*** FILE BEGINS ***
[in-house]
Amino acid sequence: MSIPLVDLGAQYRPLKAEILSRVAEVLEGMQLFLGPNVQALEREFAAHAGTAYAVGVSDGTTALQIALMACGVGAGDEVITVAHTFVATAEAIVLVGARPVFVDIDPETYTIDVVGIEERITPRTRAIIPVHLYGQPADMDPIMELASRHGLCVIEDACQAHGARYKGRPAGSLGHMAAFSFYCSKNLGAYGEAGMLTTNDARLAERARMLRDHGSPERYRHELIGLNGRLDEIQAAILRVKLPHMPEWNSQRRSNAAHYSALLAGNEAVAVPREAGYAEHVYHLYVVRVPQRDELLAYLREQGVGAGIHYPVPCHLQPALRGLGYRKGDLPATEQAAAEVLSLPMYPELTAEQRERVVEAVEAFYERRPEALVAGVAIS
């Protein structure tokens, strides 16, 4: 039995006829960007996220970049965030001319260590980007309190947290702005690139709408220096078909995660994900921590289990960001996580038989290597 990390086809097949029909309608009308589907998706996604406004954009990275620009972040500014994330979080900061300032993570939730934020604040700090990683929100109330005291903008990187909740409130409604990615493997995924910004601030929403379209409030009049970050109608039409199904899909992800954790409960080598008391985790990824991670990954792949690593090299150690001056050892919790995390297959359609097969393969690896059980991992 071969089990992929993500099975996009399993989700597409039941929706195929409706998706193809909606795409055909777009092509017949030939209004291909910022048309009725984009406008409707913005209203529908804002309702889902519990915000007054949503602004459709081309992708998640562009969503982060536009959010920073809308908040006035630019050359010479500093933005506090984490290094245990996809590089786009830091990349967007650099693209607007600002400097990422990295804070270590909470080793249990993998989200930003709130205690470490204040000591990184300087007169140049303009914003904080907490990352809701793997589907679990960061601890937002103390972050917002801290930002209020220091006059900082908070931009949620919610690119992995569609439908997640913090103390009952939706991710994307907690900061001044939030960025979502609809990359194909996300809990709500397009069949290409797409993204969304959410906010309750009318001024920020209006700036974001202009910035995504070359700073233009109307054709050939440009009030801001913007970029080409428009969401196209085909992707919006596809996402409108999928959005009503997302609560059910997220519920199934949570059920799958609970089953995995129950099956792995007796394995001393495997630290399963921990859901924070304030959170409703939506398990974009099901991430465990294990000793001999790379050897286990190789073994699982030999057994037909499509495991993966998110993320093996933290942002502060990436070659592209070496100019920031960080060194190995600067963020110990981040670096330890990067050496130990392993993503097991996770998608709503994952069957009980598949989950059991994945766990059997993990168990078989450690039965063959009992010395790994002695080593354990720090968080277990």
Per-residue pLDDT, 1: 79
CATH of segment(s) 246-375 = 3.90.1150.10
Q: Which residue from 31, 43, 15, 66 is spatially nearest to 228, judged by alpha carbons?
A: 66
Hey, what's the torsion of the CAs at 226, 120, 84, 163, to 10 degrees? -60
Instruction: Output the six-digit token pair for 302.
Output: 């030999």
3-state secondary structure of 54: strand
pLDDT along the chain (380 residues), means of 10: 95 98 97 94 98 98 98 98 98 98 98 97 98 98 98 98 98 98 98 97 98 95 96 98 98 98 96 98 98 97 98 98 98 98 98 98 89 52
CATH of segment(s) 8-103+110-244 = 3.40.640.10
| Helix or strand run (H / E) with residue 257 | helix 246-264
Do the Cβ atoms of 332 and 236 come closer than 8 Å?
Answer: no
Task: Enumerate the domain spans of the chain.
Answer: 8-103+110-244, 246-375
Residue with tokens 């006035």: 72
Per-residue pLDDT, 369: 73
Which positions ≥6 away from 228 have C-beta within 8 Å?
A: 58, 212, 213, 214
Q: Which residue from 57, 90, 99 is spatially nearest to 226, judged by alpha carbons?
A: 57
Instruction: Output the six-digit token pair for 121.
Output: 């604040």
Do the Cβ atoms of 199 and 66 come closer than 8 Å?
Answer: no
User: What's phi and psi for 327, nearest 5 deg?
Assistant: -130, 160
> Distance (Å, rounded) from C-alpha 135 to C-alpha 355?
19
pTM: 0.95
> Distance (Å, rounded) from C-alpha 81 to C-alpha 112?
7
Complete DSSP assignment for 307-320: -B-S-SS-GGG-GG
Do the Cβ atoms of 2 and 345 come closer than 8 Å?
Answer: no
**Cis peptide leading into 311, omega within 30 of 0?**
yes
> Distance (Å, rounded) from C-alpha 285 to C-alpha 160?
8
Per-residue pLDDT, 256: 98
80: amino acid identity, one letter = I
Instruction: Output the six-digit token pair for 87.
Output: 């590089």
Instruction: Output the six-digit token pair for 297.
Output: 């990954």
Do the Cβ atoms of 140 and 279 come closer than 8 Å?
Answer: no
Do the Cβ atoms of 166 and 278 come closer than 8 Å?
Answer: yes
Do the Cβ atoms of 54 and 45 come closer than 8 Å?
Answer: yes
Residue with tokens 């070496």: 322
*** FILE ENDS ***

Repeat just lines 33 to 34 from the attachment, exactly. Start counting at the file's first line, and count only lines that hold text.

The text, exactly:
pTM: 0.95
> Distance (Å, rounded) from C-alpha 81 to C-alpha 112?